Seriously, can this guy just get the official stamp of approval so that even old people who watch the Grammys and teens whose parents ban them from listening to music made by black guys can witness the majesty that is Frank Ocean? No seriously, that's all I'm asking for. 

4. Not caring about the Country or Gospel wins 
Sorry y'all but unless that country version of Taylor Swift's nominated for a statue (Carrire Underwood? Is that your name?), no one else really gives a care. And gospel music's all about those great harmonies but I cannot get down with lyrics that are constantly into God. 

5. Rooting for Diplo 
Like that dude working with Fun., this Canadian beatmaker is also up for Producer of the Year, Non-Classical. Unlike that guy, he deserves it (don't get me wrong, Jeff Bhasker is a talented guy but seriously, Fun. might be a low point for him).

Diplo gave us "Climax", "Get Free" and "Push and Shove" all in one year, while also finding time to release a solo EP, Major Lazer single and post constant retweets of people around the world 'expressing themselves' against walls, cars and doors.

6. Remembering that film music is a pretty big deal 
With my history of barely making it all the way through the ceremony, I'm never really tuned into the film soundtrack noms. This year though, I think we've got a couple of pretty strong leads in several categories (note The Hunger Games' double nomination in a single category!). I guess The Artist should win Best Score Soundtrack for Visual Media because um without dialogue I assume the music is literally the only thing that film had going for it. (Full disclosure: I never watched it.) 

7. Hoping Björk gets to give a weird-ass acceptance speech 
Björk should bag Best Recording Package for Biophilia because wasn't that album not only an album but also an iPad app and an e-book and a braille text or some shit? Seriously, she pushed the boat out tech-wise and I'd rather see M83 get Best Alt Music Album so this should be her win.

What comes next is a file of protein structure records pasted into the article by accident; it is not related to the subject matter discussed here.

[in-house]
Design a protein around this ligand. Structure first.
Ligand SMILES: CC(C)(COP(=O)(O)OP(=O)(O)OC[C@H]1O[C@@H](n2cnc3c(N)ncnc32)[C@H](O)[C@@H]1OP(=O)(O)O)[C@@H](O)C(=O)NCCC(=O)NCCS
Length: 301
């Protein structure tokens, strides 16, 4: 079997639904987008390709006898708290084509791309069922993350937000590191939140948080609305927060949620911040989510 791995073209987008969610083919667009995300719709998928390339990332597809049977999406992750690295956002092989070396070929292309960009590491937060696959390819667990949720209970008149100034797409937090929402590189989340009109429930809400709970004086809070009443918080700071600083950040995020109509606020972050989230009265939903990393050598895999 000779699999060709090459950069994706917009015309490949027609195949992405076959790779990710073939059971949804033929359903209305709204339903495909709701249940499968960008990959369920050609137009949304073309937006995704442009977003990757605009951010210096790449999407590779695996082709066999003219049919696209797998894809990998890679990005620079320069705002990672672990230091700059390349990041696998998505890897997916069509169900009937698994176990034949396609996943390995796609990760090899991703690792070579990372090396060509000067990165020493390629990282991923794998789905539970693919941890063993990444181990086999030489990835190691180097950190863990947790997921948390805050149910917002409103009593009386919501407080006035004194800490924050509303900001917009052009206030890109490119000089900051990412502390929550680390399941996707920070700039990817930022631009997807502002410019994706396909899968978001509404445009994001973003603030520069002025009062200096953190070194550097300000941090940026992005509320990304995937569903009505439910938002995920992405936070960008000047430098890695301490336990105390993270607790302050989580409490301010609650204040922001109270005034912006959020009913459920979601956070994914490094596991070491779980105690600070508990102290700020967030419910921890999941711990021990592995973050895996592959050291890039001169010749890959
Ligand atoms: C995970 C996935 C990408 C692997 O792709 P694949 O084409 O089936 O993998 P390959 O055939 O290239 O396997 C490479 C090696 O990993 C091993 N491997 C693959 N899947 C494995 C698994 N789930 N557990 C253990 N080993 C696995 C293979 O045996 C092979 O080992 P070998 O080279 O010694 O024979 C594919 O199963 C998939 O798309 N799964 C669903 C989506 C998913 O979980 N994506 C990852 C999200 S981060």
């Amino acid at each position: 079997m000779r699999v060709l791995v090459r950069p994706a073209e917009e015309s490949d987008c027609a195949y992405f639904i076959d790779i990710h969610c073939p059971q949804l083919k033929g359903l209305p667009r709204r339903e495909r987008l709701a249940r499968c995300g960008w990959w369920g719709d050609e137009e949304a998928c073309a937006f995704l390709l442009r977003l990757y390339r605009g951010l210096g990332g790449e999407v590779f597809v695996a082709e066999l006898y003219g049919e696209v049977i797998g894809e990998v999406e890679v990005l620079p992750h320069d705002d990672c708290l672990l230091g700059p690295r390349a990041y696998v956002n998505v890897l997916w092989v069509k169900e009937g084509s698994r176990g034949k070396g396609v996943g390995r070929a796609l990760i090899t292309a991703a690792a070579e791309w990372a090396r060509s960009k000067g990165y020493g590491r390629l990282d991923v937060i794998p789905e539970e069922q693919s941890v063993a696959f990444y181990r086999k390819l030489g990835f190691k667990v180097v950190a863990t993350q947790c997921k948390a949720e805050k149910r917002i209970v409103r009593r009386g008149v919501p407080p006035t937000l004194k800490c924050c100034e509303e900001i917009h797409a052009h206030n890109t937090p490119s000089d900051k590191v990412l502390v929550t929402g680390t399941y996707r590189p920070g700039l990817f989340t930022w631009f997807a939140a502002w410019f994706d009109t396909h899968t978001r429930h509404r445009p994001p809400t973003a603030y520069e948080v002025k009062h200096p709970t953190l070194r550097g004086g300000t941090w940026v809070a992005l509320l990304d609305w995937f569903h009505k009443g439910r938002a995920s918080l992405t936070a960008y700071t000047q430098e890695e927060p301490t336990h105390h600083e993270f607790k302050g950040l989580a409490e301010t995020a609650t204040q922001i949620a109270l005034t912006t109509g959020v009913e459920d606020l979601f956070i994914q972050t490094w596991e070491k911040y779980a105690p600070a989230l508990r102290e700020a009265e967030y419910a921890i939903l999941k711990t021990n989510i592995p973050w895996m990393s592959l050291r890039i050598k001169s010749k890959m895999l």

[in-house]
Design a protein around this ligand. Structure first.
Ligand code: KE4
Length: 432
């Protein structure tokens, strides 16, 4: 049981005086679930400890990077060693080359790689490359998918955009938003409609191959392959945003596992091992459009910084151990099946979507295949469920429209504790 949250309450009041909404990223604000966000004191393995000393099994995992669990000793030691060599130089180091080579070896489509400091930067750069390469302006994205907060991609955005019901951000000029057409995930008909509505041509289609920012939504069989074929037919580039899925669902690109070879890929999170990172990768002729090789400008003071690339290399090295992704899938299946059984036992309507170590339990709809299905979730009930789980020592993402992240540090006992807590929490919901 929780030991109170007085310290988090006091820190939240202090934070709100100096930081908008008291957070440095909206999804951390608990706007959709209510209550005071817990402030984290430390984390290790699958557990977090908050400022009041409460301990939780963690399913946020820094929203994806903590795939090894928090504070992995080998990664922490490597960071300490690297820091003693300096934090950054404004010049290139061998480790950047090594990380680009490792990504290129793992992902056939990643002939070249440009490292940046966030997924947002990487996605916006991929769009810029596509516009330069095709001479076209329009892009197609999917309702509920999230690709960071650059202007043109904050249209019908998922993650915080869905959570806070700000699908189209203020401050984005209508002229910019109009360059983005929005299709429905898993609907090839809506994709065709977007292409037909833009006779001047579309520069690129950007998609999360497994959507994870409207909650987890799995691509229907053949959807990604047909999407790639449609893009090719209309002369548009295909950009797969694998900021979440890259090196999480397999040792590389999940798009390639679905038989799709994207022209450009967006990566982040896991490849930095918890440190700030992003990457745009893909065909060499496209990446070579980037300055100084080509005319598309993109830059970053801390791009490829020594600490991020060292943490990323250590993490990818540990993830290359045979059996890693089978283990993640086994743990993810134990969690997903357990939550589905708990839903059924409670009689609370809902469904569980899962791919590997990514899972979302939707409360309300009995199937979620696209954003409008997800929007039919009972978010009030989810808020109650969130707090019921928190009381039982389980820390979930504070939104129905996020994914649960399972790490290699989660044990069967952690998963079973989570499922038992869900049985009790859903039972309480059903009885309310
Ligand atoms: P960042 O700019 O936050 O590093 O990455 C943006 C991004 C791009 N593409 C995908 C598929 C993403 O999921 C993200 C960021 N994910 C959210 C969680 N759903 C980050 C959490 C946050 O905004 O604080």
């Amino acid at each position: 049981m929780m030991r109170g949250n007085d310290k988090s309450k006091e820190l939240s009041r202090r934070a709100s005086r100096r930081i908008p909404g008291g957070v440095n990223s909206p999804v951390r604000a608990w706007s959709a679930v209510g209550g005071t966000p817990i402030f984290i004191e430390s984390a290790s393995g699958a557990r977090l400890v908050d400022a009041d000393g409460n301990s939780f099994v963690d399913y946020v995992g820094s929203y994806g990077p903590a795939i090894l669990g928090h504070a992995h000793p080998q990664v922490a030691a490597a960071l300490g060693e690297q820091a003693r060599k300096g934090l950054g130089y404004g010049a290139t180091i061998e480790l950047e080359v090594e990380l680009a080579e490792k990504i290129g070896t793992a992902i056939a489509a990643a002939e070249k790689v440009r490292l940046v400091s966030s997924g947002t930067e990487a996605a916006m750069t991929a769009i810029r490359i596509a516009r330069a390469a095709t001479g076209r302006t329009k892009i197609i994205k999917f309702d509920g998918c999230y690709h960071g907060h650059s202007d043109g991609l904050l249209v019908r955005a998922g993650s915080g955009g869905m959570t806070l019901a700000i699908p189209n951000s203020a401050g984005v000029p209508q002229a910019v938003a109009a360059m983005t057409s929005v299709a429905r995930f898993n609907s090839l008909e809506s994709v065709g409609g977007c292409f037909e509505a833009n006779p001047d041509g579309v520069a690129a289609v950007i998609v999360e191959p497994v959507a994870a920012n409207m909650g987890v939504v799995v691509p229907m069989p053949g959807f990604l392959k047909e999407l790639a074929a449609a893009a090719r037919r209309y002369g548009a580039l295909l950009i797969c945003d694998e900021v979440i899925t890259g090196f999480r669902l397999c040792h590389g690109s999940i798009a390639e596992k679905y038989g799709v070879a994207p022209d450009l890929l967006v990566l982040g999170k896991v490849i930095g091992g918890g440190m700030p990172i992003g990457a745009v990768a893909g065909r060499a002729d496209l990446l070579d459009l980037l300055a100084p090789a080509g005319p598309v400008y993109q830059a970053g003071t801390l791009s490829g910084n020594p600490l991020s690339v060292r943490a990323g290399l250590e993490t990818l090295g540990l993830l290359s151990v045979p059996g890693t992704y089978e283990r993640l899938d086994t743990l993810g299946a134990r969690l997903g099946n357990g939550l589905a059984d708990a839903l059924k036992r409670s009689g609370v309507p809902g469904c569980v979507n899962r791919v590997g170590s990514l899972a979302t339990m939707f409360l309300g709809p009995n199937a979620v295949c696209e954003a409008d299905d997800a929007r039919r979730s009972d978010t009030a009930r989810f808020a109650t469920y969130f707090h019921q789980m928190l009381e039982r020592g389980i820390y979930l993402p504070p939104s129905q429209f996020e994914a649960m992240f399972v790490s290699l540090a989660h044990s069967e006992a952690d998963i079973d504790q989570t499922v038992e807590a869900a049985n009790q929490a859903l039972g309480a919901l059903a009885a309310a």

8. Believing Hugh Masekela deserves Best World Music 
Because he's a family friend and pretty much the only person in this category whom I grew up listening to. I'm biased. But also, he's like 70 years old and gets down on stage like he's still in his twenties. I'm talking serious bent-knee, side-to-side GETTING DOWN. If Ravi Shankar wins this posthumously, I'll be pissed.


9. Legit not minding if Drake or Kanye and Jay-Z get Best Rap Performance and Best Rap Song
As long as no one gives an award to a song that features Bruno Mars, I'm good. 

10. Knowing ultimately Grammy Awards don't matter that much any more 
Because the rules defining which releases are eligible each year excludes unsigned and so many smaller acts on independent labels, do we still even care? Personally I don't look to the Grammys to help give me a sense of what I should have been listening to over the last year or anything. They're usually a guide to what big industry players have backed. They're a synopsis of songs major radio stations in each genre have probably played. And they're a place where L'il B should have been performing this year, but won't be. So whatevs. Let's watch them and have a giggle and maybe get a little drunk when things start to drag, but we don't need to freak out about What It All Means.

Tuesday, 15 January 2013

Field Day 2013 Announces New Acts